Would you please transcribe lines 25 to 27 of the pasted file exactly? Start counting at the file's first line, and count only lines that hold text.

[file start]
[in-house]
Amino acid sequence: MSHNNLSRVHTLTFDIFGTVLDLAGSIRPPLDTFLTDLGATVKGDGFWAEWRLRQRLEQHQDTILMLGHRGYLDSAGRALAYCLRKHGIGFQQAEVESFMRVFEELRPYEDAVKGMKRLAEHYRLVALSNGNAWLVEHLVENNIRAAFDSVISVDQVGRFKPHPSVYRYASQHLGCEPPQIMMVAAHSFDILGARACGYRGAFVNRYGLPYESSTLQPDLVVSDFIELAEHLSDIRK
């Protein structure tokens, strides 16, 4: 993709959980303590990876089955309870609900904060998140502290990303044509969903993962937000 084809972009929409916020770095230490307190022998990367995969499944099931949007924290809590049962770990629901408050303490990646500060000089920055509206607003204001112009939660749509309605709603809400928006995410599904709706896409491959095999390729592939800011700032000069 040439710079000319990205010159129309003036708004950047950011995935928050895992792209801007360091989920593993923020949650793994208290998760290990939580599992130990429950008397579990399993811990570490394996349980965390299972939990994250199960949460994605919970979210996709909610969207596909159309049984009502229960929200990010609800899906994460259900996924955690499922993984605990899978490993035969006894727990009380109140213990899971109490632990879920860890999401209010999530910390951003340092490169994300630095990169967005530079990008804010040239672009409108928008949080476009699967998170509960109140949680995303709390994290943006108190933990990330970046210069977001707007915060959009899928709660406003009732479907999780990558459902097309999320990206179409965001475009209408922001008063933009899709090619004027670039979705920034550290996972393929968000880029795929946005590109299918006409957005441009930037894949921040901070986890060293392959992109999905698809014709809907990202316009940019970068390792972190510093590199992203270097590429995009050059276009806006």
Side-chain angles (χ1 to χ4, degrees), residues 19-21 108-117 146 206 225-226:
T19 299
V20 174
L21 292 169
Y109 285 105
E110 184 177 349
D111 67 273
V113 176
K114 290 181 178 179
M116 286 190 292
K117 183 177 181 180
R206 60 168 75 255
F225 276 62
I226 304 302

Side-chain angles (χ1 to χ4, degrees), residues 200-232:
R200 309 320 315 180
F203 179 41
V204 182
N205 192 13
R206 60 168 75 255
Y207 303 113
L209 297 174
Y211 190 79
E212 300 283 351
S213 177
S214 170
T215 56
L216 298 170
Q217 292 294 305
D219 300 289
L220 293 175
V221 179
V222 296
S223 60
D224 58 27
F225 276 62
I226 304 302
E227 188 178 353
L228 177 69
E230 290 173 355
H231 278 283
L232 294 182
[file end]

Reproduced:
L209 297 174
Y211 190 79
E212 300 283 351